Benefits of Rice Hull for Poultry
By Danny O. Calleja
CASTILLA, Sorsogon, Jan. 6 (PNA) — Time was when rice hull locally called “ipa” was nothing but nuisance waste burned to ashes or just dumped on vacant lots and left to rot by rice millers who then considered it a big problem.
Now, this rice by-product is becoming increasingly popular in some rice producing areas of the Bicol region because of its various uses when processed into carbonized rice hull (CRH).
Sorsogon Vice Governor Renato Laurinaria who maintains a two-hectare integrated mini-farm here uses it as litter for the chick brooder that later becomes manure collector that is converted into organic fertilizer.
Being sterile, CRH minimizes disease contamination as it readily absorbs the moisture in the manure so the litter does not get moist and not attractive to flies, Laurinaria said.
When the litter is treated with an enzyme (Biosec) formulated by Dr. Rene Sumaoang, a microbiologist of the Novatech Group of Companies, the usual odor from the manure is eliminated, at the same time breaking down the nutrients found in the manure so that when brooding is over, the litter would become an organic fertilizer that is ready to use on crops.
In some recently published articles, Laurinaria said, Dr. Sumaoang explained that Biosec is a combination of live but immobilized beneficial microorganisms and digestive enzymes that once applied, the beneficial microorganisms multiply very rapidly, inhibiting the growth of disease-causing organisms like E. coli, salmonella and others.
“In the two years of my backyard poultry farm, I have observed that chicks grown on CRH litter grow faster and are more uniform in size. They are healthier because CRH does not allow the proliferation of harmful organisms that often cause respiratory diseases and diarrhea,” Laurinaria said.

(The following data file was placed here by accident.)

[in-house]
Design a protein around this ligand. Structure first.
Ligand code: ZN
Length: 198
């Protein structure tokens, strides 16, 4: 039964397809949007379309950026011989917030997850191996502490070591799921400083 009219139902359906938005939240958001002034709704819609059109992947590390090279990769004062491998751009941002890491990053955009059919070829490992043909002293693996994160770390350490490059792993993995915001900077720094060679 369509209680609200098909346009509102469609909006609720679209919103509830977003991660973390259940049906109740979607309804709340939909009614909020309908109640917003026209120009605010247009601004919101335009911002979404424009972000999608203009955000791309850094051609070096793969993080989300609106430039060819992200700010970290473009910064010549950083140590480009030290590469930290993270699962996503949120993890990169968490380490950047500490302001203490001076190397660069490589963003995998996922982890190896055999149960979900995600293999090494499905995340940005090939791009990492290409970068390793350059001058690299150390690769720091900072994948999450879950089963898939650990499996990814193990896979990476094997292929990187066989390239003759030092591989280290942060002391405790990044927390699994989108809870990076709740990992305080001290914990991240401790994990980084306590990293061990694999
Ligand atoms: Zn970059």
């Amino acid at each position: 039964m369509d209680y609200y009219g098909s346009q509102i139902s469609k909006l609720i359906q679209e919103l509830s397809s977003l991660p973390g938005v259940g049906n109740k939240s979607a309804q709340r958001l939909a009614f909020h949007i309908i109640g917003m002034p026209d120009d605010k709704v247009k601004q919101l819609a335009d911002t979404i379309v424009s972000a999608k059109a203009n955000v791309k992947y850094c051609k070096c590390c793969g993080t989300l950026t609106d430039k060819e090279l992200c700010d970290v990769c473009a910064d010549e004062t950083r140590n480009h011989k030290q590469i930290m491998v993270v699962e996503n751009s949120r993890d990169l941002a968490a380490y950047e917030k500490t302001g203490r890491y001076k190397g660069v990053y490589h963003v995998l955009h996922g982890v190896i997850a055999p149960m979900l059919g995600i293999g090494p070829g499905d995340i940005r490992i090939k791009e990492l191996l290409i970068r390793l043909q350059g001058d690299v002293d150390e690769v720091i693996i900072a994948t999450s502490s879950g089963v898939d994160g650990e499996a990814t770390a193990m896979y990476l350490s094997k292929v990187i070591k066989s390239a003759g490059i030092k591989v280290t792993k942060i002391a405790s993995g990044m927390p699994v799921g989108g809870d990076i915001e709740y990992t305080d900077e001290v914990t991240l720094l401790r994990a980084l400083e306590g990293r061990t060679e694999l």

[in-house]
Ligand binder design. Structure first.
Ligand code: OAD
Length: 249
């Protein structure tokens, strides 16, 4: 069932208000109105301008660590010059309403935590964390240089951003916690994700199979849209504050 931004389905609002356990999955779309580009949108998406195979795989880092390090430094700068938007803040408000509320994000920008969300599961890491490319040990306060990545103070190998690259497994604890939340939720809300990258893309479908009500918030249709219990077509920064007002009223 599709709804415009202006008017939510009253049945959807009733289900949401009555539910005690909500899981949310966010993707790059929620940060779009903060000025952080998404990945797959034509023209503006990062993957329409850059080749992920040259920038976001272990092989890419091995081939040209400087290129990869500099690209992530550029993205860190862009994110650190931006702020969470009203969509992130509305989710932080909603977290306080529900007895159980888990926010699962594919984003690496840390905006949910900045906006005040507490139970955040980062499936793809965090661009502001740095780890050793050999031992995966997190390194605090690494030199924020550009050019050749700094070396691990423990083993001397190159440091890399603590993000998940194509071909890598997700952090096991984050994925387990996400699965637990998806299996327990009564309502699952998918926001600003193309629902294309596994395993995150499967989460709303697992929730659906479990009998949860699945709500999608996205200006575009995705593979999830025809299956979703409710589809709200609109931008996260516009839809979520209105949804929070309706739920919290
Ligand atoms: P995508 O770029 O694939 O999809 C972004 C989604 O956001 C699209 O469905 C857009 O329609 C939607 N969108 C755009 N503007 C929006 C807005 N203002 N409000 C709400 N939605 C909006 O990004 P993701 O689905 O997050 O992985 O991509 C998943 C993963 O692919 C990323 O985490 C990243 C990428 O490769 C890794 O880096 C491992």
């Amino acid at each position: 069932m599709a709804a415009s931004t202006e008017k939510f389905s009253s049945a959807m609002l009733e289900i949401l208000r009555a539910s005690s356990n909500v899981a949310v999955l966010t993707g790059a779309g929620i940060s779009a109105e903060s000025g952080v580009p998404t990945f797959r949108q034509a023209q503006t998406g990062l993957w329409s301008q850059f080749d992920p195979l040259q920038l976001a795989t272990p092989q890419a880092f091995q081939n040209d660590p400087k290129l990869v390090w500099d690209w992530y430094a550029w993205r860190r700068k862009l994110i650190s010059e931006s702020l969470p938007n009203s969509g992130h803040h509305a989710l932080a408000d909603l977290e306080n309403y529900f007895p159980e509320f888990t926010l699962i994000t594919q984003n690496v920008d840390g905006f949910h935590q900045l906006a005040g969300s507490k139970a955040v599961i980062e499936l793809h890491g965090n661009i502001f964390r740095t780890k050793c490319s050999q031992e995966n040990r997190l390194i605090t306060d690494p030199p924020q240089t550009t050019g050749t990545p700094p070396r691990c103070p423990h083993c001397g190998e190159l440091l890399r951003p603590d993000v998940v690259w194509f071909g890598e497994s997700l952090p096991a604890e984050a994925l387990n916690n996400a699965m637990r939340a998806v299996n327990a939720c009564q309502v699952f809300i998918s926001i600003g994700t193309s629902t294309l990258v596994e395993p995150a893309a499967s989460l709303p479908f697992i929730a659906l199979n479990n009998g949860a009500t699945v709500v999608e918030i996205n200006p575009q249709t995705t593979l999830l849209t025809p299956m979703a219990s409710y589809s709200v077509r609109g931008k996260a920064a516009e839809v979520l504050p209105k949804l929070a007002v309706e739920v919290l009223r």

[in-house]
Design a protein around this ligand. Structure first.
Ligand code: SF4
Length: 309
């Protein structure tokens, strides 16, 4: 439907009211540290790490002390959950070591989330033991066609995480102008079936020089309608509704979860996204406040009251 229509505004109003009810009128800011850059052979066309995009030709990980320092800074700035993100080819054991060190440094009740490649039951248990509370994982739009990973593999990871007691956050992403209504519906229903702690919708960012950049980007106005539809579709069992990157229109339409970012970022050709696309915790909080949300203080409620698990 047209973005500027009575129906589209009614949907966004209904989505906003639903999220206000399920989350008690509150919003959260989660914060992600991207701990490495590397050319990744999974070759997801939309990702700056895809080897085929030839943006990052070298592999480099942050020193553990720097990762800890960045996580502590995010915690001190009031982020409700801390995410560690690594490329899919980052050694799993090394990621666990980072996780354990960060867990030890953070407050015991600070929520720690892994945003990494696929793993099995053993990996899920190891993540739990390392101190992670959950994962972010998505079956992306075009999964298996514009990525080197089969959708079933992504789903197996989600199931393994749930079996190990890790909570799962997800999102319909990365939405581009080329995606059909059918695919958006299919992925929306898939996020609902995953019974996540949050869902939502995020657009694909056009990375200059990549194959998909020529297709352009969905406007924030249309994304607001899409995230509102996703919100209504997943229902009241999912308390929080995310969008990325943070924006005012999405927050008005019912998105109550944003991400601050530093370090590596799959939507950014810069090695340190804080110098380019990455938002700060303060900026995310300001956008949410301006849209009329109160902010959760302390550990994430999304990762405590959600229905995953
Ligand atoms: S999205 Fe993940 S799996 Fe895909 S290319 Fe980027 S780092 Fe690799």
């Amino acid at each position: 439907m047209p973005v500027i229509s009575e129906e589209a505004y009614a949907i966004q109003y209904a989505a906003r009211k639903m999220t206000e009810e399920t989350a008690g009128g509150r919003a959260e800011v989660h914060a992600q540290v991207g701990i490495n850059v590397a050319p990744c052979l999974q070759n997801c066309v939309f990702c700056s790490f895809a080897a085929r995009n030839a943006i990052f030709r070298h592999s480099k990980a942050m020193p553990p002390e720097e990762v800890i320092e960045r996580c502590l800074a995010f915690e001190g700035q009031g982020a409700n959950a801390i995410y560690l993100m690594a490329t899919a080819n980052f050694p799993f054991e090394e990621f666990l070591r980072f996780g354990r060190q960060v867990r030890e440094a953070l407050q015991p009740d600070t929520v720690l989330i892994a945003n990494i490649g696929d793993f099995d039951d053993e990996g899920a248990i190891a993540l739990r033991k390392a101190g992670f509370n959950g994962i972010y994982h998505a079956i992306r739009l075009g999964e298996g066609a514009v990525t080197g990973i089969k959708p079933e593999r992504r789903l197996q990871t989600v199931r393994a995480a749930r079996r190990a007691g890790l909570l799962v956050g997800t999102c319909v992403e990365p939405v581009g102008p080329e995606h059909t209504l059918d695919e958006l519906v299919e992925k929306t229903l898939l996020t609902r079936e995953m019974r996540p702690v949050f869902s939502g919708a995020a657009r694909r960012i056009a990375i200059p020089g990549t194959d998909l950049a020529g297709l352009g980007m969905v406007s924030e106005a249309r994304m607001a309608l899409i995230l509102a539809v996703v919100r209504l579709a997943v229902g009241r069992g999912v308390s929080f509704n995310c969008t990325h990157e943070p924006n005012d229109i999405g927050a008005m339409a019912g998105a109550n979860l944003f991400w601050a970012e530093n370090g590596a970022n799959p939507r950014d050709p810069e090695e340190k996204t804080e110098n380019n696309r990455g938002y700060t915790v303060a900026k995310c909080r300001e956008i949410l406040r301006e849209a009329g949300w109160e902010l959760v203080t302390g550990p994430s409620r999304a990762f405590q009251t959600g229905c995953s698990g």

Sumaoang in a statement said Magnolia has already given Novatech the go-signal to talk with its contract growers to use this new method, especially those who are using the tunnel vent production system, which is totally enclosed. Espino Farm in Sugallon, Pangasinan, owned by Rep. Amado Espino, is now all out in using Biosec-treated CRH after using it in just two grows in tunnel vent systems.
For brooding, 0.5 kilogram (kg) of Biosec is applied on seven to 1O bags of CRH, which is used as litter for 1,000 birds for 14 days. The waste of the birds is mixed with the litter.
Thereafter, the litter is collected and can be used later as bio-organic fertilizer, according to Dr. Sumaoang. However, the use of Biosec must still be continued.
After brooding until the broilers are harvested, Biosec (15 kg per 5,000 birds) is applied on the manure which falls on the ground. In a tunnel vent system, like those used by Magnolia and Tyson, 2 kg of Biosec is spread on the litter of every 1,000 birds after brooding. In egg production, 20 kg of Biosec is applied on the manure of every 5,000 birds every three months.
Normally, raw rice hull is used in chicken litter. However, this material is a poor absorbent material, as its silica content is still bound inside the hull. Without Biosec, the chicken manure emits dangerous sulfide and ammonia gases, which produce foul odor and trigger respiratory diseases in the birds.
Moreover, the litter becomes the host of deadly microbes and poses a continuing problem on its disposal as it cannot be used as organic fertilizer.
With Biosec on the litter, Sumaoang said, the emission of ammonia and sulfide gases as well as foul odor is minimized, thereby reducing mortality rate.
Biosec treatment of CRH results in better ability of the birds to produce meat or eggs, ensures total biosecurity, and makes CRH an effective bio-organic fertilizer. The feathers of the birds also do not become discolored. Death of birds is greatly reduced by 30 to 40 percent. Consequently, medication cost is also greatly reduced.
In layer production, reduced death rate is translated into higher income as more birds are laying in any given period.
In Bantayan Island, Cebu, the egg basket of the Visayas, Biosec treatment of CRH has resulted in one to five percent increase in egg-laying performance. With an increase of two percent, for instance, 5,000 birds would produce an additional 25,550 eggs a year. If each egg costs P3, the increase in production would be worth P76,650, Sumaoang noted.